Bush said he was also very worried about Pakistan and its government being toppled by extremists because the country has an established nuclear program.
Three people were escorted out of the hall during Bush's appearance after yelling out but it's not known if they were arrested or charged. Police say there were no arrests during the outdoor protest.
There were similar protests earlier this year when Bush made appearances in Calgary and Toronto.
Bush is speaking in Saskatoon on Wednesday and Montreal on Thursday. Protests are planned in both locations.
This article, by James Dao, was published in the New York Times, August 28, 2009
A restive antiwar movement, largely dormant since the election of Barack Obama, is preparing a nationwide campaign this fall to challenge the administration’s policies on Afghanistan.
Anticipating a Pentagon request for more troops there, antiwar leaders have engaged in a flurry of meetings to discuss a month of demonstrations, lobbying, teach-ins and memorials in October to publicize the casualty count, raise concerns about the cost of the war and pressure Congress to demand an exit strategy.
But they face a starkly changed political climate from just a year ago, when President George W. Bush provided a lightning rod for protests. The health care battle is consuming the resources of labor unions and other core Democratic groups. American troops are leaving Iraq, defusing antiwar sentiments in some quarters. The recession has hurt fund-raising for peace groups and forced them to slash budgets. And, perhaps most significant, many liberals continue to support Mr. Obama, or at least are hesitant about openly criticizing him.
“People do not want to take on the administration,” said Jon Soltz, chairman of VoteVets.org. “Generating the kind of money that would be required to challenge the president’s policies just isn’t going to happen.”
Tom Andrews, national director for an antiwar coalition, Win Without War, said most liberals “want this guy to succeed.” But he said the antiwar movement would try to convince liberals that a prolonged war would undermine Mr. Obama’s domestic agenda. Afghanistan, he said, “could be a devastating albatross around the president’s neck.”
But there is also a sense among some antiwar advocates that Mr. Obama’s honeymoon with Democrats in general and liberals in particular is ending. As evidence, they point to a recent Washington Post/ABC News poll showing that 51 percent of Americans now feel the war in Afghanistan is not worth fighting, a 10-point increase since March. The poll had a margin of sampling error of plus or minus three percentage points.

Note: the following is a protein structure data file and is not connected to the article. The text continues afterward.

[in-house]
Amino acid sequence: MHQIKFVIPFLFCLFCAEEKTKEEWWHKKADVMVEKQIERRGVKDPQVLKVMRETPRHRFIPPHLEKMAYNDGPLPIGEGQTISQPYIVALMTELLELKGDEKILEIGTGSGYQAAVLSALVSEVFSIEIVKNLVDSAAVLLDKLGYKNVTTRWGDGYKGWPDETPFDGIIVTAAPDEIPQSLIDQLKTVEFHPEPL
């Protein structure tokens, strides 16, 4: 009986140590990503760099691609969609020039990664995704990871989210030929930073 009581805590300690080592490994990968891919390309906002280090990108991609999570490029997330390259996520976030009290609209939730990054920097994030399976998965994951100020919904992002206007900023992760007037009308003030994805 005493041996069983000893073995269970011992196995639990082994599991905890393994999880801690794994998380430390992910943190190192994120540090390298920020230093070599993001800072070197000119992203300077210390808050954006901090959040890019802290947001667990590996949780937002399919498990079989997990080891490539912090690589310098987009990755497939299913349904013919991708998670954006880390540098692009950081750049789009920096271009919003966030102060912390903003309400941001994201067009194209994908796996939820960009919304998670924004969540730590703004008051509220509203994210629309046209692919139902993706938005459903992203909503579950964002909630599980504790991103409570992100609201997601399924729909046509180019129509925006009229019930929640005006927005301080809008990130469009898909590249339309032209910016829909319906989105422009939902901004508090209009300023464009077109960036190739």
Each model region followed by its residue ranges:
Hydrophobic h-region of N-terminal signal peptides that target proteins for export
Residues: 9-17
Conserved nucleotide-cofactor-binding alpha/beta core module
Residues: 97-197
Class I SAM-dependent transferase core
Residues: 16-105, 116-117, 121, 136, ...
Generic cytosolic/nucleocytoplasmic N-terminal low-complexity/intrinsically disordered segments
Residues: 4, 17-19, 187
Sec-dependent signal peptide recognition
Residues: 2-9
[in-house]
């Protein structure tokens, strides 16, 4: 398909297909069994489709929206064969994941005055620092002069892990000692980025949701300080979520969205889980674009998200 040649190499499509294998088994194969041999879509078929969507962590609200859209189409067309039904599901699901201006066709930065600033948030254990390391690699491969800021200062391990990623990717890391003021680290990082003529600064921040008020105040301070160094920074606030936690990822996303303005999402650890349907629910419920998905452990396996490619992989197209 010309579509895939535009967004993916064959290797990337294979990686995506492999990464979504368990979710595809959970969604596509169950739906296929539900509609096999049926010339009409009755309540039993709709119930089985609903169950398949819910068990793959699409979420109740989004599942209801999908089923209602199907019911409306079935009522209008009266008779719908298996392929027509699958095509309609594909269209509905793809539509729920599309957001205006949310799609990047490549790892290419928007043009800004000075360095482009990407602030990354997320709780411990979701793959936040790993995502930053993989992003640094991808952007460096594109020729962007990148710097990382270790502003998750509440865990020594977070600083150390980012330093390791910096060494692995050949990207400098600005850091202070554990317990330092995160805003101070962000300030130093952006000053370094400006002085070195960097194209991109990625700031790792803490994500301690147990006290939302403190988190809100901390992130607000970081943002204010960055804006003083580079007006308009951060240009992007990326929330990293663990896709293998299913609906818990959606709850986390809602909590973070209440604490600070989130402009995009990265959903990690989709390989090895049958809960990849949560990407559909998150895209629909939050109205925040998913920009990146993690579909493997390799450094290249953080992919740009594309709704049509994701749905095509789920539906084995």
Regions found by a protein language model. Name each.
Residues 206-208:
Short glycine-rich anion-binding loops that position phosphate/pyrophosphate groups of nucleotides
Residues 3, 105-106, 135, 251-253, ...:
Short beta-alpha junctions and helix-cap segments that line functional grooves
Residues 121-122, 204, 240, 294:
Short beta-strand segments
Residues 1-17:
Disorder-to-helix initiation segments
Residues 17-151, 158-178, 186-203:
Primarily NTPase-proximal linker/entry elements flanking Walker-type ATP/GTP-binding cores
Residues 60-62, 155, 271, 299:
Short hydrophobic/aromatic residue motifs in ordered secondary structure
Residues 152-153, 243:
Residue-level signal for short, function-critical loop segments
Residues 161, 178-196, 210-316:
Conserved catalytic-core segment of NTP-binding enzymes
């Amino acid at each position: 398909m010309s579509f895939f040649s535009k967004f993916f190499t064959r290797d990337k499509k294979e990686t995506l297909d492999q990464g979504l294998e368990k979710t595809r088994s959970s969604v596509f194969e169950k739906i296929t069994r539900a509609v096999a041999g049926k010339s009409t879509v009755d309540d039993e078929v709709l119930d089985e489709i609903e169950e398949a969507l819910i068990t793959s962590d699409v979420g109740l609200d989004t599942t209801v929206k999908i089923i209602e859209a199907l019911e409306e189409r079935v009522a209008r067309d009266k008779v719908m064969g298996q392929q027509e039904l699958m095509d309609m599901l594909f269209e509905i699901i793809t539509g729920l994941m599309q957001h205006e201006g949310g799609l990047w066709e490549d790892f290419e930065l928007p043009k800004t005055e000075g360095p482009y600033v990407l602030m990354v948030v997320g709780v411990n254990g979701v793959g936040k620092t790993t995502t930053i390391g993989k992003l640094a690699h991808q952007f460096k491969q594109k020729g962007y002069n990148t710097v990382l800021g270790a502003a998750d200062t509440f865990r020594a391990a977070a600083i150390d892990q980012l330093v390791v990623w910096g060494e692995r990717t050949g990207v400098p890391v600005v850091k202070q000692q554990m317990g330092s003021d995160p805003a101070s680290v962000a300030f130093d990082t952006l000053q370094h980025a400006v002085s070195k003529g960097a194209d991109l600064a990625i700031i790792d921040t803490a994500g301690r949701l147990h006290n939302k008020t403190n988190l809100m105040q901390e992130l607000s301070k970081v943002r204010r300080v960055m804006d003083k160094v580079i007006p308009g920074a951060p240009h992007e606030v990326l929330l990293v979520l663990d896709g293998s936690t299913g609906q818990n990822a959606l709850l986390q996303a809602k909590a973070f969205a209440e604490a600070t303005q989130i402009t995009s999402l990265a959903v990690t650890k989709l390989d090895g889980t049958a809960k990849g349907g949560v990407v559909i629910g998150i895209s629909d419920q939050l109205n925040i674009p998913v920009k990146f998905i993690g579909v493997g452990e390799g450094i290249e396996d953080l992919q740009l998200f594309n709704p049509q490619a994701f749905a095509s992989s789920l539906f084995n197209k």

“We’re coming out of a low period,” said Medea Benjamin, co-founder of the antiwar group Code Pink. “But as progressives feel more comfortable protesting against the Obama administration and challenging Democrats as well as Republicans in Congress, then we’ll be back on track.”
The Obama administration has opposed legislation requiring an exit strategy, saying it needs time to develop new approaches to the war. “Given his own impatience for progress, the president has demanded benchmarks to track our progress and ensure that we are moving in the right direction,” a White House official said, speaking on condition of anonymity.
The October protest schedule is expected to include marches in Washington and elsewhere. But organizers acknowledge that it may be difficult to recruit large numbers of demonstrators. So groups like United for Peace and Justice are also planning smaller events in communities around the country, including teach-ins with veterans and families of deployed troops, lobbying sessions with members of Congress, film screenings and ad hoc memorials featuring the boots of deceased soldiers and Marines.
“There are some that feel betrayed” by Mr. Obama, said Nancy Lessin, a founder of the group Military Families Speak Out. “There are some who feel that powerful forces are pushing the president to stay on this course and that we have to build a more powerful movement to change that course.”
The October actions will be timed not only to the eighth anniversary of the first American airstrikes on Taliban forces and the seventh anniversary of Congressional authorization for invading Iraq, but also an anticipated debate in Congress over sending more troops to Afghanistan. Gen. Stanley A. McChrystal, the commander of American forces in Afghanistan, is widely expected to request additional troops, beyond the 68,000 projected for the end of the year, after finalizing a policy review in the next few weeks.
The antiwar movement consists of dozens of organizations representing pacifists, veterans, military families, labor unions and religious groups, and they hardly speak with one voice. Some groups like Iraq Veterans Against the War have started shifting their focus toward Afghanistan, passing resolutions demanding an immediate withdrawal of troops from there. Others, like VoteVets.org, support the American military presence in Afghanistan, calling it crucial to fighting terrorism.
And some groups, including Moveon.org, have yet to take a clear position on Afghanistan beyond warning that war drains resources from domestic programs.
“There is not the passion around Afghanistan that we saw around Iraq,” said Ilyse Hogue, Moveon.org’s spokeswoman. “But there are questions.”